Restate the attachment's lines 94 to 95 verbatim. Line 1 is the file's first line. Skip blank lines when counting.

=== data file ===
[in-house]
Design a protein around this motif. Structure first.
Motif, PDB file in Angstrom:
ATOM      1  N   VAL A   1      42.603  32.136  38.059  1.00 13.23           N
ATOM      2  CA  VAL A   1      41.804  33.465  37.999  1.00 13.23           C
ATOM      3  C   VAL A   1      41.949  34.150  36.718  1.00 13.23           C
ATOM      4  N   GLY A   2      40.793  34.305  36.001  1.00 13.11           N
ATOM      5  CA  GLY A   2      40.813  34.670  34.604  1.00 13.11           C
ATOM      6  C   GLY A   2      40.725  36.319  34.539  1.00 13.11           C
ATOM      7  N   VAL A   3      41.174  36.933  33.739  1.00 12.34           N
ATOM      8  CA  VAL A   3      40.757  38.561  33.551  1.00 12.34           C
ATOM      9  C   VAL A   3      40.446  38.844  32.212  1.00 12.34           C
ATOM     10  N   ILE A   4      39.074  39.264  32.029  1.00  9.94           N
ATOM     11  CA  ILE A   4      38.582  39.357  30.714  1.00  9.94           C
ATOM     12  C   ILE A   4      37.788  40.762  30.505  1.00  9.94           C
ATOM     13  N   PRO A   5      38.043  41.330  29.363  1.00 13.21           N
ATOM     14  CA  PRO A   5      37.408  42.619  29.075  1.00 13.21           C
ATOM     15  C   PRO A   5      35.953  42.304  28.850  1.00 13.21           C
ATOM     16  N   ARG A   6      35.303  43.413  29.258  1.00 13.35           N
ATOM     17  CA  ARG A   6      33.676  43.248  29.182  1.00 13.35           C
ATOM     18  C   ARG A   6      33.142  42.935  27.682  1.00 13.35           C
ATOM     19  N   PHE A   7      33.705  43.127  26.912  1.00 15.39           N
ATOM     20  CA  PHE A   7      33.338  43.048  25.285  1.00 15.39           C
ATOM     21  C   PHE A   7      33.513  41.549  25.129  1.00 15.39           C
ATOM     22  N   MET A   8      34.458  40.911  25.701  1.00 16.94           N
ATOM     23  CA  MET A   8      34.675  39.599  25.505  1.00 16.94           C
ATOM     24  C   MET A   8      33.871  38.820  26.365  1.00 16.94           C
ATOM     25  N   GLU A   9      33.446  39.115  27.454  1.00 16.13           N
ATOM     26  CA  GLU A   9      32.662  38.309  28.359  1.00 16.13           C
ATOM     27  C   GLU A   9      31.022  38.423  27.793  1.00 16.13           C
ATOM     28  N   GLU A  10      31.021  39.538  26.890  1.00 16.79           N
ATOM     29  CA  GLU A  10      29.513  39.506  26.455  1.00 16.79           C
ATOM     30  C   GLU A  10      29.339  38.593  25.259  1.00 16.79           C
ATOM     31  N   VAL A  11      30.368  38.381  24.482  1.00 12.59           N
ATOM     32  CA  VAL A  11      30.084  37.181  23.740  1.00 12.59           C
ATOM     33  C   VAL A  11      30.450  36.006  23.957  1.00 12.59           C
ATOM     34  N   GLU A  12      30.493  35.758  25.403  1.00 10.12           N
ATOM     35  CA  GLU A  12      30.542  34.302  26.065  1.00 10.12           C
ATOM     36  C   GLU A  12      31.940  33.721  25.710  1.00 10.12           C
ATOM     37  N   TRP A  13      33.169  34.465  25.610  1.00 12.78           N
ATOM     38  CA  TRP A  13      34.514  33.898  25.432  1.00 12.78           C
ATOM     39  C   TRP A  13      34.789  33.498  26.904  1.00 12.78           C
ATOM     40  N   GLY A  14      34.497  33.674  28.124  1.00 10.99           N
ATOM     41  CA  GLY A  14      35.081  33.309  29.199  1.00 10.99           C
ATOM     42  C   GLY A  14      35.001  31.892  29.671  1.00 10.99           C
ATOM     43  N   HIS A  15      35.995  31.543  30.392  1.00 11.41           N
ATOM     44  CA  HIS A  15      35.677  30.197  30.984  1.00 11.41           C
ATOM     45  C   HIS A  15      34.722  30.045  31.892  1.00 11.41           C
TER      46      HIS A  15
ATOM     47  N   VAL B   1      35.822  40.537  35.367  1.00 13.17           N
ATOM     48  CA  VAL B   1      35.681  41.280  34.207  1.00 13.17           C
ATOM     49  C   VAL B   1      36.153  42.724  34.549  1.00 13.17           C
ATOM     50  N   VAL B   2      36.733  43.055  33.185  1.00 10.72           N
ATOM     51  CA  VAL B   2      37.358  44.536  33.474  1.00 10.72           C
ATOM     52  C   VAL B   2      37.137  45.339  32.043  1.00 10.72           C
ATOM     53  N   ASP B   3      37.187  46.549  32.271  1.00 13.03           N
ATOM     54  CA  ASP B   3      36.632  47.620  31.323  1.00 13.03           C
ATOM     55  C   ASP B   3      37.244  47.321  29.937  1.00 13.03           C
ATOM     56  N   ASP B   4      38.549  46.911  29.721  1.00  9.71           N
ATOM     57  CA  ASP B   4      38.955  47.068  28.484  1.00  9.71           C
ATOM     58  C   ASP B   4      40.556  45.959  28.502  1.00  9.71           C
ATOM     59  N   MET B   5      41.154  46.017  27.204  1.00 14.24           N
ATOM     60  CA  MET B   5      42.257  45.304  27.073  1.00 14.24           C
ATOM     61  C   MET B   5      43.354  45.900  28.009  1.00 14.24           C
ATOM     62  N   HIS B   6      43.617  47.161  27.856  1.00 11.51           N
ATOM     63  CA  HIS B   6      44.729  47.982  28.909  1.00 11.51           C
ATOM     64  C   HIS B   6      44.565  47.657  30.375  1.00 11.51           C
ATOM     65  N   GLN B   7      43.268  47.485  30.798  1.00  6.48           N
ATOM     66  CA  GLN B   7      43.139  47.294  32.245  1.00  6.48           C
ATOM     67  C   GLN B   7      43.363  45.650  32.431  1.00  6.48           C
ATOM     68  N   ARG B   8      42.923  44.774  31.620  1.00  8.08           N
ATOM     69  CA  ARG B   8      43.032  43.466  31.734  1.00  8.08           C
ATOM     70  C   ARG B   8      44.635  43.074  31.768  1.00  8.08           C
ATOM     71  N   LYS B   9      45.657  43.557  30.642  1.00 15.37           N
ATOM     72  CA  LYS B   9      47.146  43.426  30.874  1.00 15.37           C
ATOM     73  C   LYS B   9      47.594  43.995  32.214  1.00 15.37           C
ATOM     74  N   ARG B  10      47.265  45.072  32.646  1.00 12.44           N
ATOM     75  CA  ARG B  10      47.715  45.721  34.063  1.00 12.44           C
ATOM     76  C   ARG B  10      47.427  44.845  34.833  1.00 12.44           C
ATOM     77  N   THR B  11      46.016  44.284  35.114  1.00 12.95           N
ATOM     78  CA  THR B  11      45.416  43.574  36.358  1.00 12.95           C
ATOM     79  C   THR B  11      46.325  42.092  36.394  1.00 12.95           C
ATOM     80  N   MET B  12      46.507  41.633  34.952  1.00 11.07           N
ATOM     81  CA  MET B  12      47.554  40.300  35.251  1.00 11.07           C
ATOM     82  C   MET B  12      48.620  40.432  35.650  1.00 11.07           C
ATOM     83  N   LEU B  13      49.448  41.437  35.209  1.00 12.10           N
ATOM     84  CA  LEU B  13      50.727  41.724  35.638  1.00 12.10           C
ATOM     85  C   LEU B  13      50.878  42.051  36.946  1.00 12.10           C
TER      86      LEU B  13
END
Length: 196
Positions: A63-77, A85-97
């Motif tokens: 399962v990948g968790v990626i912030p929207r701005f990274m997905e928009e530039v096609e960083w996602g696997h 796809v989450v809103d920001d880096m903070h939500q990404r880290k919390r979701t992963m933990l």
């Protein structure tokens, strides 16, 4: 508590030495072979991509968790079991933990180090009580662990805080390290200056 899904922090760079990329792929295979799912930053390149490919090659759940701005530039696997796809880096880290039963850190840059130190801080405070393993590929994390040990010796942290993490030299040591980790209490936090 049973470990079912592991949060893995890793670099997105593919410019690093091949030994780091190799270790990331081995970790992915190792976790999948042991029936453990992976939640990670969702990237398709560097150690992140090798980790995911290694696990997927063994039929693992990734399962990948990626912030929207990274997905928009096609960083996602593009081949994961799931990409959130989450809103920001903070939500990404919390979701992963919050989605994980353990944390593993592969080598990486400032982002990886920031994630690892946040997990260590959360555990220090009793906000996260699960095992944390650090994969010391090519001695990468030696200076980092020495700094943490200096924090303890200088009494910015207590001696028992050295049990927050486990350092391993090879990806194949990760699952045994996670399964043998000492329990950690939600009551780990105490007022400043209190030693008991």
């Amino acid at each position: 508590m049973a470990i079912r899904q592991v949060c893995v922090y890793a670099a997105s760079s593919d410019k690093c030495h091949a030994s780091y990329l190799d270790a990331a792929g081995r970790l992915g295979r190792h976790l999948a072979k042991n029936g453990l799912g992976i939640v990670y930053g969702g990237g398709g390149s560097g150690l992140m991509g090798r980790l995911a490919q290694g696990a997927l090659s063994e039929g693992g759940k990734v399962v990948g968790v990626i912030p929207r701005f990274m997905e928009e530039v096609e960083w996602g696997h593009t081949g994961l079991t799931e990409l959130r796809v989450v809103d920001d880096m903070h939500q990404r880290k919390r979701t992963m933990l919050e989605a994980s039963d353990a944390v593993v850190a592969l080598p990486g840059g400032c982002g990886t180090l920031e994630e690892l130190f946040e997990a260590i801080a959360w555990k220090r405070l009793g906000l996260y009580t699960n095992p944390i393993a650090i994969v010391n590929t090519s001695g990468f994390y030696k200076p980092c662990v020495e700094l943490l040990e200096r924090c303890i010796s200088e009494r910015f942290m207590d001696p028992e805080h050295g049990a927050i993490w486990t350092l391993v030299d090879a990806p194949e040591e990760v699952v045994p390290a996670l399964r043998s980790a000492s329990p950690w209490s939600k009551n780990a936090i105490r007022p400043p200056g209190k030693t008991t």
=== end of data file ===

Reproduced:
């Protein structure tokens, strides 16, 4: 508590030495072979991509968790079991933990180090009580662990805080390290200056 899904922090760079990329792929295979799912930053390149490919090659759940701005530039696997796809880096880290039963850190840059130190801080405070393993590929994390040990010796942290993490030299040591980790209490936090 049973470990079912592991949060893995890793670099997105593919410019690093091949030994780091190799270790990331081995970790992915190792976790999948042991029936453990992976939640990670969702990237398709560097150690992140090798980790995911290694696990997927063994039929693992990734399962990948990626912030929207990274997905928009096609960083996602593009081949994961799931990409959130989450809103920001903070939500990404919390979701992963919050989605994980353990944390593993592969080598990486400032982002990886920031994630690892946040997990260590959360555990220090009793906000996260699960095992944390650090994969010391090519001695990468030696200076980092020495700094943490200096924090303890200088009494910015207590001696028992050295049990927050486990350092391993090879990806194949990760699952045994996670399964043998000492329990950690939600009551780990105490007022400043209190030693008991």
């Amino acid at each position: 508590m049973a470990i079912r899904q592991v949060c893995v922090y890793a670099a997105s760079s593919d410019k690093c030495h091949a030994s780091y990329l190799d270790a990331a792929g081995r970790l992915g295979r190792h976790l999948a072979k042991n029936g453990l799912g992976i939640v990670y930053g969702g990237g398709g390149s560097g150690l992140m991509g090798r980790l995911a490919q290694g696990a997927l090659s063994e039929g693992g759940k990734v399962v990948g968790v990626i912030p929207r701005f990274m997905e928009e530039v096609e960083w996602g696997h593009t081949g994961l079991t799931e990409l959130r796809v989450v809103d920001d880096m903070h939500q990404r880290k919390r979701t992963m933990l919050e989605a994980s039963d353990a944390v593993v850190a592969l080598p990486g840059g400032c982002g990886t180090l920031e994630e690892l130190f946040e997990a260590i801080a959360w555990k220090r405070l009793g906000l996260y009580t699960n095992p944390i393993a650090i994969v010391n590929t090519s001695g990468f994390y030696k200076p980092c662990v020495e700094l943490l040990e200096r924090c303890i010796s200088e009494r910015f942290m207590d001696p028992e805080h050295g049990a927050i993490w486990t350092l391993v030299d090879a990806p194949e040591e990760v699952v045994p390290a996670l399964r043998s980790a000492s329990p950690w209490s939600k009551n780990a936090i105490r007022p400043p200056g209190k030693t008991t």